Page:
Researchers from the University of Tokyo, the Japan Atomic Energy Agency and other experts have examined the crisis response log from the Fukushima Daiichi nuclear disaster. They also checked radiation levels in surrounding areas, namely the radiation data from the Fukushima Daini plant 10 kilometers south of the Daiichi plant.
They found that workers attempts to prevent explosions at the Unit 2 reactor may have in fact caused a substantially large radiation leak. They proved that hypothesis by pairing data of the recorded radiation levels which rose sharply 3 times at Fukushima Daini monitoring posts over a period of 5 hours during the night of March 14th.
The report reveals that by that time, the amount of nuclear fuel which had already melted down in the core was already leaking into the containment vessel, filling it with radioactive materials, prior to the start of seawater injection operations.
The researchers report shows that workers were unable to get coolant water into the Unit 2 reactor, due to the high pressures inside of the containment from steam leaking out of the reactor pressure vessel due to core damage and fuel meltdown.
When the water level in the reactor pressure vessel increased after the seawater injection, the pressure in the containment rose as well until it reached over two times the designed limits, which combined with the extreme heat would threaten to crack or damage the concrete containment vessel.
These rises came 1 hour after each time workers at Unit 2 released radioactive steam from the core in a critical effort to lower its pressure, and prevent an explosion the likes of which had devastated Unit 1 and Unit 3 reactor buildings.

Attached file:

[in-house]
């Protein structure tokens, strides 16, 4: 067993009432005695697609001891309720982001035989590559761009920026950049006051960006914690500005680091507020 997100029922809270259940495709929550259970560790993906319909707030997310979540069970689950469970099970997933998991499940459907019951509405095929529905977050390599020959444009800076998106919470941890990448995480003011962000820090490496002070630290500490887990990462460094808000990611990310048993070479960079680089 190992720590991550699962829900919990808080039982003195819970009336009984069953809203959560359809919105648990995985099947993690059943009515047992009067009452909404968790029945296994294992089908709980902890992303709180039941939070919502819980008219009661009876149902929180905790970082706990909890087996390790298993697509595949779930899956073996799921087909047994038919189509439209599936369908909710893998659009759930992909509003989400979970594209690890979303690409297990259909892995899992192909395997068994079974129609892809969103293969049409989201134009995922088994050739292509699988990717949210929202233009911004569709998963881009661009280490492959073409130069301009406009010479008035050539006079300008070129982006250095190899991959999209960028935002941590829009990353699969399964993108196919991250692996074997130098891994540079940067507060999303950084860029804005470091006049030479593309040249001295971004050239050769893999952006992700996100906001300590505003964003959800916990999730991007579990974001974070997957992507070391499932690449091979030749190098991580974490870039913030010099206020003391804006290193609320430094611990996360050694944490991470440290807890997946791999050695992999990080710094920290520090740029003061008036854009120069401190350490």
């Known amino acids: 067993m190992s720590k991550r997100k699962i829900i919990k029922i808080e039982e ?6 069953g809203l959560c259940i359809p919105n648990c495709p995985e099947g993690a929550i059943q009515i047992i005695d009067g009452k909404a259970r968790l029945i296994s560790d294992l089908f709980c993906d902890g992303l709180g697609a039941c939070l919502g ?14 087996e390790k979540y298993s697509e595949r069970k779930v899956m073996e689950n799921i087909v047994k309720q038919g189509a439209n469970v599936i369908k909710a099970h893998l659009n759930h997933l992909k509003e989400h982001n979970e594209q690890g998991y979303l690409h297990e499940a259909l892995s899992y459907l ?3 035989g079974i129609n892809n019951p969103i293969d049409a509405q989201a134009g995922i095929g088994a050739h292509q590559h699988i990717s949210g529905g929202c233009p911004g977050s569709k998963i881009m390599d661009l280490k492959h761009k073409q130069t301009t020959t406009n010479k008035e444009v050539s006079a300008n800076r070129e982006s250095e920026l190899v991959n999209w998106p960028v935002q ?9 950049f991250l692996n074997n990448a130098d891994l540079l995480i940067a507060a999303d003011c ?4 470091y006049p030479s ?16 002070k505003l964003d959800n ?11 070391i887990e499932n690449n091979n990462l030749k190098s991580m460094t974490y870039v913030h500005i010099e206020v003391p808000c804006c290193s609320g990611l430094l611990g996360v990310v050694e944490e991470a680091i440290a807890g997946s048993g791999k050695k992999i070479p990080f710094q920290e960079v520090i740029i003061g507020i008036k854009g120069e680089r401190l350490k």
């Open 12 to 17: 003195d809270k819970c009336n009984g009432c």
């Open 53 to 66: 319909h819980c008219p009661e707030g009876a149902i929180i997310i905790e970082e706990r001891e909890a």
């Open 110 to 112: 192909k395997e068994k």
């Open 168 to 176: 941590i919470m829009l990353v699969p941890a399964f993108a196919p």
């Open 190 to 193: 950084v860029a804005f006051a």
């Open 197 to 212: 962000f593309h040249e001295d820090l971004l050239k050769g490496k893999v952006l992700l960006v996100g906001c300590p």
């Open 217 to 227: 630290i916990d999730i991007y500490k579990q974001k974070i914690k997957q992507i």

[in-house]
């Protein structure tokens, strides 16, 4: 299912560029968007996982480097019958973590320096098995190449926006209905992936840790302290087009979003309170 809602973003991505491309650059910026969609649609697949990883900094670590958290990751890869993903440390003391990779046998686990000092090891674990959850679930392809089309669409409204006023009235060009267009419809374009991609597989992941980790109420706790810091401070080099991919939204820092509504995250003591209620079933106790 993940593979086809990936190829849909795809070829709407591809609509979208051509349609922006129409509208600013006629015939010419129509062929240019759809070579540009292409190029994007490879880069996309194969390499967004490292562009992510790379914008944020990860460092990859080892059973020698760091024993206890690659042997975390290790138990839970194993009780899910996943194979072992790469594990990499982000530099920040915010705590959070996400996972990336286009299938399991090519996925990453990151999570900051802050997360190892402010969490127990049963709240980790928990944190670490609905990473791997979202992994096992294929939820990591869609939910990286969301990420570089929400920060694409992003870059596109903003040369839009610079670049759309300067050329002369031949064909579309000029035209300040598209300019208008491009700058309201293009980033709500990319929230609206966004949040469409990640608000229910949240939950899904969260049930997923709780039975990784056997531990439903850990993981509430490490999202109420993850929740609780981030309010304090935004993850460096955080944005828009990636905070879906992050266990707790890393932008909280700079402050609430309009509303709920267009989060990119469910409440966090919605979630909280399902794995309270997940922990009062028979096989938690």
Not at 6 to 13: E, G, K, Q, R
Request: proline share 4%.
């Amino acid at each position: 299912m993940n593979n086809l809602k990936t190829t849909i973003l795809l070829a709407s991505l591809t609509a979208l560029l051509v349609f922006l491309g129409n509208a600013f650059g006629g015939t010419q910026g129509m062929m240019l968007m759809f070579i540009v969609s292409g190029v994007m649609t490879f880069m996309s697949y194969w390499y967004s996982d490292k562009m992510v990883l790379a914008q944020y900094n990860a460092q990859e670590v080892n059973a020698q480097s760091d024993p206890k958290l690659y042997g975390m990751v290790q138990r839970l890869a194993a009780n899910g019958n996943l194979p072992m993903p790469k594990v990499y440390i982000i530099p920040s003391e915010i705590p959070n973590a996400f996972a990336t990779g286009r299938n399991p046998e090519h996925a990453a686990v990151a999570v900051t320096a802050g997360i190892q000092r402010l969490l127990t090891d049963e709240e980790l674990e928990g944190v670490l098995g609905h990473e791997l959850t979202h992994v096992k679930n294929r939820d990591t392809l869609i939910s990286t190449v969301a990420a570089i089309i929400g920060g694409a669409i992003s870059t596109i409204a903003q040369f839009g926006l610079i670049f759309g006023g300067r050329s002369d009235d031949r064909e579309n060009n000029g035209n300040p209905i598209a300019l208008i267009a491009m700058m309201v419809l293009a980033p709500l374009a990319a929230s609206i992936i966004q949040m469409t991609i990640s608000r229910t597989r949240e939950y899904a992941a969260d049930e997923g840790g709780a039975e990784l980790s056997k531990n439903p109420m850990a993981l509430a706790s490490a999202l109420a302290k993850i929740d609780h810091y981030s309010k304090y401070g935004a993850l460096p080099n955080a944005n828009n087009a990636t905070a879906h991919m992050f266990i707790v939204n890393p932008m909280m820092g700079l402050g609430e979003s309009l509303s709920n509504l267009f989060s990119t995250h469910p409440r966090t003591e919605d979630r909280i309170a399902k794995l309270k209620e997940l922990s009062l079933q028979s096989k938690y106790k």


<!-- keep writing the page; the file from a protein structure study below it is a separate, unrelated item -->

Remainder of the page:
The experts propose that the radioactive materials escaped from cracks in the concrete containment vessel, and were carried south towards the Fukushima Daini nuclear power plant.
This is also corroborated by what data has been revealed regarding the radiological release, which also implies a substantial amount of radioactivity was released prior to the explosion at 06:00 JST on March 15th.
The largest spike of radiation measured at Fukushima Daiichi in the first week, were measured around or shortly after 00:00 on March 15th, which correlates with TEPCO’s documented ‘dry vent’ of Unit 2. A ‘dry vent’ operation refers to releasing gas directly from the drywell pressure release valves into the outside air, without passing it through the pipes and the water in the suppression chamber, which may filter part of the isotopes.
As the fission products were being directly released into the environment, inside of the reactor their absence would have been quickly replaced by newly-produced steam from the melted nuclear fuel.
Tokyo Electric Power Company, the operator of the Fukushima Daiichi nuclear power plant, says opening the valve was the only solution at the time.
The Japan Atomic Energy Agency’s Masamichi Chino says the leaks were serious and need to be further studied even though they occurred as a result of work to protect the reactor. Researchers say the radiation from Fukushima Daiichi Unit 2 was 10 to 20 times higher than the other Units onsite which were devastated by catastrophic hydrogen explosions.
After the explosion was heard inside of Unit 2, the data also suggests that even larger amounts of radioactivity were released, possibly in combination with other units.
TEPCO would later hypothesize due to elevated temperatures, among other factors, that a breach roughly 10 cm wide was created in the reactor’s containment vessel 21 hours after the quake. Tepco also said it believes that parts used to ensure air tightness may have broken from overheating.
Earlier this year the details emerged that the core of Unit 2 had completely liquefied, and has yet to be located inside of the reactor building.
March 14th – March 15th, 2011 – Unit 2 Timeline
After the explosion of the Reactor 3 building just before noon on March 14th, workers were unable to open the suppression chamber valve, and were also unable to inject water from the fire engine due to the high radiation fields and equipment damaged from debris.
The malfunctioning valve continued to prevent workers from manually venting the containment vessel to release pressure and maintain injecting seawater into the reactor.
At 11:30 JST workers noted that the reactor water level began to drop. As a result, the nuclear fuel in that reactor was exposed for many hours, and may have caused a breach of the container vessel releasing even more radioactive particles.